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Spillius, E.B. (1988). Religion, Morality and the Person, by M. Fortes, Cambridge: Cambridge University Press, 1987, 368 pages, hb £27.50, pb £9.95. Free Associations, 1(13):148-149.
(1988). Free Associations, 1(13):148-149
Religion, Morality and the Person, by M. Fortes, Cambridge: Cambridge University Press, 1987, 368 pages, hb £27.50, pb £9.95
Review by: Elizabeth Bott Spillius
Professor Meyer Fortes, who died in 1982, was a leading exponent of the structural-functionalist school of social anthropology initiated by A.R. Radcliffe-Brown and adhered to by many British social anthropologists until the 1960s. He was much respected, not least for his extremely meticulous and exhaustive study of the Tallensi of northern Ghana. The present book is a posthumous collection, edited by Professor Jack Goody, often of Fortes's papers on religion, family structure, and the person among the Tallensi.
Fortes was originally trained as a psychologist. Although he shared the British anthropologist's distaste for the reduction of social facts to the level of individual psychology, he was interested in what might be called the unconscious components of social structure, especially family structure, and its relation to religious practices. This interest shows itself particularly clearly in two of the essays in this collection, one called ‘Custom and conscience’, the other called ‘The first born’. Fortes says he is trying ‘… to show how insight or hypothesis derived from psychoanalytic theory may reveal significance and show up connections in the conventional anthropological data of custom and social organization that would not otherwise emerge.’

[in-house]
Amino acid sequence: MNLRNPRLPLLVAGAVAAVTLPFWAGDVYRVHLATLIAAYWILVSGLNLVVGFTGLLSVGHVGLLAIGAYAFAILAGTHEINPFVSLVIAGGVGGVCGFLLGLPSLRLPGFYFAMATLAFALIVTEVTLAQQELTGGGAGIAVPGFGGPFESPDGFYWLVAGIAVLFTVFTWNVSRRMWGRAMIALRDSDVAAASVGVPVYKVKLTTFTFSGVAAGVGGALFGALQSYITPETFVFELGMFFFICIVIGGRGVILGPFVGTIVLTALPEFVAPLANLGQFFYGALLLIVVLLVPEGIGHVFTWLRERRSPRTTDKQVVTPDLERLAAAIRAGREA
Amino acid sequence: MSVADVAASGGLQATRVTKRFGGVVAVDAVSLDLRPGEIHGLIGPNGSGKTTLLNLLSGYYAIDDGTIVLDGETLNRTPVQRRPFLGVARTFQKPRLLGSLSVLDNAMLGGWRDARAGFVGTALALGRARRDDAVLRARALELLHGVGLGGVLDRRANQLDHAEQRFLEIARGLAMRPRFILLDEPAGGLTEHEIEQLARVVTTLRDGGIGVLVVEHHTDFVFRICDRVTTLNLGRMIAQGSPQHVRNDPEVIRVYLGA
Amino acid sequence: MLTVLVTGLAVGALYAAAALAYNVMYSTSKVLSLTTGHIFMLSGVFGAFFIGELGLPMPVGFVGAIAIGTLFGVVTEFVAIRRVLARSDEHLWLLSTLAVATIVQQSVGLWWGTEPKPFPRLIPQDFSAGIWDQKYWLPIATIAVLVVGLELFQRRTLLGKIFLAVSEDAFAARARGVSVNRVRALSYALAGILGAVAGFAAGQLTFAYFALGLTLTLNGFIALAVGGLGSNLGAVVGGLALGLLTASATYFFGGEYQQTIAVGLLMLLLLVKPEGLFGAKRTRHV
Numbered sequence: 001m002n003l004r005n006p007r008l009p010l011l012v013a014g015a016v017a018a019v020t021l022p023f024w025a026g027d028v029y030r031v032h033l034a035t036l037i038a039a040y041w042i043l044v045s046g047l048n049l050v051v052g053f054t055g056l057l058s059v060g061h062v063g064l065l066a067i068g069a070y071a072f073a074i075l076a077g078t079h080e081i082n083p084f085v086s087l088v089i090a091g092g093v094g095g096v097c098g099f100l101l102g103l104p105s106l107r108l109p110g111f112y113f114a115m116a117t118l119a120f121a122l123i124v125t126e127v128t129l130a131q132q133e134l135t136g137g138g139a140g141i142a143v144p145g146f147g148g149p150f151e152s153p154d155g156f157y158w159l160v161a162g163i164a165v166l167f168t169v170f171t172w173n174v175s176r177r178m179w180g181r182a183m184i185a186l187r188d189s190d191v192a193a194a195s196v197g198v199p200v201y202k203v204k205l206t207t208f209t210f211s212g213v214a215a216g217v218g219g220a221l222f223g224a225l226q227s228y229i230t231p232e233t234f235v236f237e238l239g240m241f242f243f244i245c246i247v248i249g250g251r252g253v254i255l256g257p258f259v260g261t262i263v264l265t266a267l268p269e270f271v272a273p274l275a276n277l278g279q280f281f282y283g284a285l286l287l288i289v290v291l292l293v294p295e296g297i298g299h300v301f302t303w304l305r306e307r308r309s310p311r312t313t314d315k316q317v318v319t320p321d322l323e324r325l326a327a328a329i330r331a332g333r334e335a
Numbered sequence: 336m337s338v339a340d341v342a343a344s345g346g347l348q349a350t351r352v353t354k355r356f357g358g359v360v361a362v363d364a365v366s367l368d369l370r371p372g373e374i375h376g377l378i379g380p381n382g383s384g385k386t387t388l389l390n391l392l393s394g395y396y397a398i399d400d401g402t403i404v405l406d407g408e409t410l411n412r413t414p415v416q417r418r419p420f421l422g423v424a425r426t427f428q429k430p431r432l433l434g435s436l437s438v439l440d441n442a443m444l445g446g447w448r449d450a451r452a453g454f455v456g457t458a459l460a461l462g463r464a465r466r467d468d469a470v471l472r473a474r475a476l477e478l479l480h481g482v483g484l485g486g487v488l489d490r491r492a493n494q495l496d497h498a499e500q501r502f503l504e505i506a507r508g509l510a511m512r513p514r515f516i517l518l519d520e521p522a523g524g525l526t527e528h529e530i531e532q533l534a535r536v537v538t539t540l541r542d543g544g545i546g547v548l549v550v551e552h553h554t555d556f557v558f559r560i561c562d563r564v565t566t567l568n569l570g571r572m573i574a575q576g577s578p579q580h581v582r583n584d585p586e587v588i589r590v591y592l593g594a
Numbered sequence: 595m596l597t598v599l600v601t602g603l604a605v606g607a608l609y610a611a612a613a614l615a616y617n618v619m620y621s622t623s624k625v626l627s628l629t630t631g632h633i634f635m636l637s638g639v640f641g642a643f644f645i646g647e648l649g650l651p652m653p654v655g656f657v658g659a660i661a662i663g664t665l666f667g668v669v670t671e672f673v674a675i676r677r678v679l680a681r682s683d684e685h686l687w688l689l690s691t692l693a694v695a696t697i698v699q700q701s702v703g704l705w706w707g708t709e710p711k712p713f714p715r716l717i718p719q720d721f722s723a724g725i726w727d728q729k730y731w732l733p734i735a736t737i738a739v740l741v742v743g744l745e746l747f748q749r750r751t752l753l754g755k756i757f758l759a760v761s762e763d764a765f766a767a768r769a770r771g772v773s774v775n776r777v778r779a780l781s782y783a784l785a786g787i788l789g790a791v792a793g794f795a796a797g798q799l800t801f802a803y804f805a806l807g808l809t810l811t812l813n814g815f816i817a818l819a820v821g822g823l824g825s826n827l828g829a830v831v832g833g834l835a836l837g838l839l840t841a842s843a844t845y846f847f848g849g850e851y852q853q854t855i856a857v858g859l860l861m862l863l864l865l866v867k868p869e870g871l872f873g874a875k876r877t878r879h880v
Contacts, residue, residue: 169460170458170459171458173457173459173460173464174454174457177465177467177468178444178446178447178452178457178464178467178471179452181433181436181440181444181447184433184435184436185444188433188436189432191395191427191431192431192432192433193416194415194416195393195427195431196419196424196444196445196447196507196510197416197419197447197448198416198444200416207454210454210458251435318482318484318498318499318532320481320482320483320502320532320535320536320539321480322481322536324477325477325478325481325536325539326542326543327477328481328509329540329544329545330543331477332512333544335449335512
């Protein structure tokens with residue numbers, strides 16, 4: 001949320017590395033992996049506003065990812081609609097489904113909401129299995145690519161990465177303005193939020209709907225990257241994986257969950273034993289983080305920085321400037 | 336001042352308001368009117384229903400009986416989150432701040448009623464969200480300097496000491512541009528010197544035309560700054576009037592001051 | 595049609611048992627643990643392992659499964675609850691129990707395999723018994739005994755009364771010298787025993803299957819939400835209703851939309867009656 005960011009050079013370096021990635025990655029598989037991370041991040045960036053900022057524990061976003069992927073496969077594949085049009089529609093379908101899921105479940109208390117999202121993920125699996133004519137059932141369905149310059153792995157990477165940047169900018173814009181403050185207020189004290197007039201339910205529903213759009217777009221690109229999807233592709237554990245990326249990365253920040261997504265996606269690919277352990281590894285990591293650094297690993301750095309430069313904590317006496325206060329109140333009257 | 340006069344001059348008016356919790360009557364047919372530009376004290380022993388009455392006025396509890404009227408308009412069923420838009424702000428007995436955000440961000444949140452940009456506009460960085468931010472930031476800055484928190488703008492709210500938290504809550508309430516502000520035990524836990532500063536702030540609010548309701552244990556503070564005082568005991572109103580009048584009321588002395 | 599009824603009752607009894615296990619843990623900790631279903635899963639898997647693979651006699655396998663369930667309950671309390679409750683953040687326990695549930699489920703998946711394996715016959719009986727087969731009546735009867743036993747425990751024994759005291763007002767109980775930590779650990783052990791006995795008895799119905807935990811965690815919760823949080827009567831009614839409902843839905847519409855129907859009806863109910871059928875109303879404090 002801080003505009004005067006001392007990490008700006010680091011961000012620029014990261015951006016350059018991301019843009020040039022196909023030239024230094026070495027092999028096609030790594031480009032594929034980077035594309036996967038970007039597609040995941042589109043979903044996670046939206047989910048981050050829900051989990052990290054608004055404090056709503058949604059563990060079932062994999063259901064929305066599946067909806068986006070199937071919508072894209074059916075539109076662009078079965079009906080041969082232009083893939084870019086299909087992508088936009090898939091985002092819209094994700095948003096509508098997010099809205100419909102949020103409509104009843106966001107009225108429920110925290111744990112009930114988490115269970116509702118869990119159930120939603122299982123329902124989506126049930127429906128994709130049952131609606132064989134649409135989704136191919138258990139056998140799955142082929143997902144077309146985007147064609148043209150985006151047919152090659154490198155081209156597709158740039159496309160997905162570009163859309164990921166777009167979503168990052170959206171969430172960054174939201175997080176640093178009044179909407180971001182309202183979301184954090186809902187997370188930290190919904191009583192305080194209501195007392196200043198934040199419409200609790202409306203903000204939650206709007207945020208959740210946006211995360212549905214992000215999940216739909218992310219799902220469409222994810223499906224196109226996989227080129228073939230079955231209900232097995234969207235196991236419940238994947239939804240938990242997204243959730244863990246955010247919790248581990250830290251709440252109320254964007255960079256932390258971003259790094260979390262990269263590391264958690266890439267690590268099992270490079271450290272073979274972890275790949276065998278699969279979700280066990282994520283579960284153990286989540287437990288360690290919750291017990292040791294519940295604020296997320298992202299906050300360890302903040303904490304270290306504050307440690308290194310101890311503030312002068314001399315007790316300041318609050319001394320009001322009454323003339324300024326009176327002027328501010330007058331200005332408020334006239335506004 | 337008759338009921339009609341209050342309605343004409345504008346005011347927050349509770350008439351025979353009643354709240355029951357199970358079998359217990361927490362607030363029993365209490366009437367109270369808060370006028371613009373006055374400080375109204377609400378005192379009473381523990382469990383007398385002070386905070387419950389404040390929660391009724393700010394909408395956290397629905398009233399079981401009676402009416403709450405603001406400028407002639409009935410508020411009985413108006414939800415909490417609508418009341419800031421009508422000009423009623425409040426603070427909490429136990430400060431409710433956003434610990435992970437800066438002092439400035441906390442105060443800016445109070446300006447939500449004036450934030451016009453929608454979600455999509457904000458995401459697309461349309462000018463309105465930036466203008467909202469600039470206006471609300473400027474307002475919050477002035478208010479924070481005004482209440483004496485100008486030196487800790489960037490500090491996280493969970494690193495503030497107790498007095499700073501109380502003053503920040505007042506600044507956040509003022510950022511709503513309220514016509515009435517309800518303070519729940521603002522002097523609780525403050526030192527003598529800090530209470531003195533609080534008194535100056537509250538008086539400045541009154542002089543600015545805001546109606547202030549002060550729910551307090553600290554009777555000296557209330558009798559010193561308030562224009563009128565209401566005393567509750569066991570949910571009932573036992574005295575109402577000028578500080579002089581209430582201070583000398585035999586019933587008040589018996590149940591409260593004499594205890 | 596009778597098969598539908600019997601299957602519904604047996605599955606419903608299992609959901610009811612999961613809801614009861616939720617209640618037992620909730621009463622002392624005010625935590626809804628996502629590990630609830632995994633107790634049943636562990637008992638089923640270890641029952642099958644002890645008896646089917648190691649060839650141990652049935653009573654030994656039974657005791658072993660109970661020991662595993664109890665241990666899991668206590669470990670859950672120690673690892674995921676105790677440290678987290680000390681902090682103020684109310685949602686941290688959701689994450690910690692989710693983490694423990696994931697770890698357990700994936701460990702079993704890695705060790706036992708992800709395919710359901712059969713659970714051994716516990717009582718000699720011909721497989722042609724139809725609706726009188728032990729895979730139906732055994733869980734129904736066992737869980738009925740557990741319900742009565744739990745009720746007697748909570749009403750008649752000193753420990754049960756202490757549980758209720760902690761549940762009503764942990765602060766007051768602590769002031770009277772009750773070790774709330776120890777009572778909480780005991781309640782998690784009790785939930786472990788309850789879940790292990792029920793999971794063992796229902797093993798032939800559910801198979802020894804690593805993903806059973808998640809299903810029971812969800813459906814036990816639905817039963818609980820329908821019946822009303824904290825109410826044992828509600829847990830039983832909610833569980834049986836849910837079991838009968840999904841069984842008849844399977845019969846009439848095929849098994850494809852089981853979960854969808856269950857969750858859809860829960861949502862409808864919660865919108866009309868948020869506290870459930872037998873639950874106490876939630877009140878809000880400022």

Specifically he examines the ancestor cult of the Tallensi, concluding that the ancestors are externalized representations of conscience in which fathers, through dying, relinquish their temporal powers to their first-born sons in return for assuming spiritual omnipotence. He addresses the question of why the ancestors' power is primarily persecutory without, to my mind, achieving a very satisfactory answer. Similarly he raises the question of why the Tallensi, unlike the matrilin-eal Ashanti, do not have witchcraft beliefs; he attributes the Tallensi refusal to attribute magical powers to destructive human wishes to the integrity of individual identity owing to the incorporation by the individual of the cohesive Tallensi family structure. I do not find this answer wholly satisfying, as it seems to rest on a circular argument.
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